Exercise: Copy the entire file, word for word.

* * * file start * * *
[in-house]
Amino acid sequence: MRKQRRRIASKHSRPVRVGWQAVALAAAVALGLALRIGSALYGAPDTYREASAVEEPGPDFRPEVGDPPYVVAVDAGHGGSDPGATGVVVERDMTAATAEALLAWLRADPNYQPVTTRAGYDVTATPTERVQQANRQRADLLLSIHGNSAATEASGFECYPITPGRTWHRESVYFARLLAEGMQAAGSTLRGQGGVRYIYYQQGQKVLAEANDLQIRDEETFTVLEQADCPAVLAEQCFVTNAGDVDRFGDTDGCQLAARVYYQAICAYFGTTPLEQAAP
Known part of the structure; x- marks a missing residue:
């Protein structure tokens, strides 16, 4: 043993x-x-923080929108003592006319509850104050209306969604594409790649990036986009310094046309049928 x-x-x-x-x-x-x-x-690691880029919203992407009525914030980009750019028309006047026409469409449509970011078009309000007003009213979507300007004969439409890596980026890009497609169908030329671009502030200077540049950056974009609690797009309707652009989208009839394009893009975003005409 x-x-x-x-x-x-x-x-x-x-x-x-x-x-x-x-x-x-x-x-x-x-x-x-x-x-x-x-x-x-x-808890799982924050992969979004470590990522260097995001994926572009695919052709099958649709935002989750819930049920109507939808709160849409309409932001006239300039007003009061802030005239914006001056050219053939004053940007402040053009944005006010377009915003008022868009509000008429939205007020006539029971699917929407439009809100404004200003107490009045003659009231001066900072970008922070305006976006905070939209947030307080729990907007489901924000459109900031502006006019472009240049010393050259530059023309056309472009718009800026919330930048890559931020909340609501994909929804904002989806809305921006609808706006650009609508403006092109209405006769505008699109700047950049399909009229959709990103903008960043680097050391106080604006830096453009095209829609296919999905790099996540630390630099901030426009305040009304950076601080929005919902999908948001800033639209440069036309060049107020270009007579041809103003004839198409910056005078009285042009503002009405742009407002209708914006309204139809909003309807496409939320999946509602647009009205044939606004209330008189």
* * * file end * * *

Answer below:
[in-house]
Amino acid sequence: MRKQRRRIASKHSRPVRVGWQAVALAAAVALGLALRIGSALYGAPDTYREASAVEEPGPDFRPEVGDPPYVVAVDAGHGGSDPGATGVVVERDMTAATAEALLAWLRADPNYQPVTTRAGYDVTATPTERVQQANRQRADLLLSIHGNSAATEASGFECYPITPGRTWHRESVYFARLLAEGMQAAGSTLRGQGGVRYIYYQQGQKVLAEANDLQIRDEETFTVLEQADCPAVLAEQCFVTNAGDVDRFGDTDGCQLAARVYYQAICAYFGTTPLEQAAP
Known part of the structure; x- marks a missing residue:
């Protein structure tokens, strides 16, 4: 043993x-x-923080929108003592006319509850104050209306969604594409790649990036986009310094046309049928 x-x-x-x-x-x-x-x-690691880029919203992407009525914030980009750019028309006047026409469409449509970011078009309000007003009213979507300007004969439409890596980026890009497609169908030329671009502030200077540049950056974009609690797009309707652009989208009839394009893009975003005409 x-x-x-x-x-x-x-x-x-x-x-x-x-x-x-x-x-x-x-x-x-x-x-x-x-x-x-x-x-x-x-808890799982924050992969979004470590990522260097995001994926572009695919052709099958649709935002989750819930049920109507939808709160849409309409932001006239300039007003009061802030005239914006001056050219053939004053940007402040053009944005006010377009915003008022868009509000008429939205007020006539029971699917929407439009809100404004200003107490009045003659009231001066900072970008922070305006976006905070939209947030307080729990907007489901924000459109900031502006006019472009240049010393050259530059023309056309472009718009800026919330930048890559931020909340609501994909929804904002989806809305921006609808706006650009609508403006092109209405006769505008699109700047950049399909009229959709990103903008960043680097050391106080604006830096453009095209829609296919999905790099996540630390630099901030426009305040009304950076601080929005919902999908948001800033639209440069036309060049107020270009007579041809103003004839198409910056005078009285042009503002009405742009407002209708914006309204139809909003309807496409939320999946509602647009009205044939606004209330008189």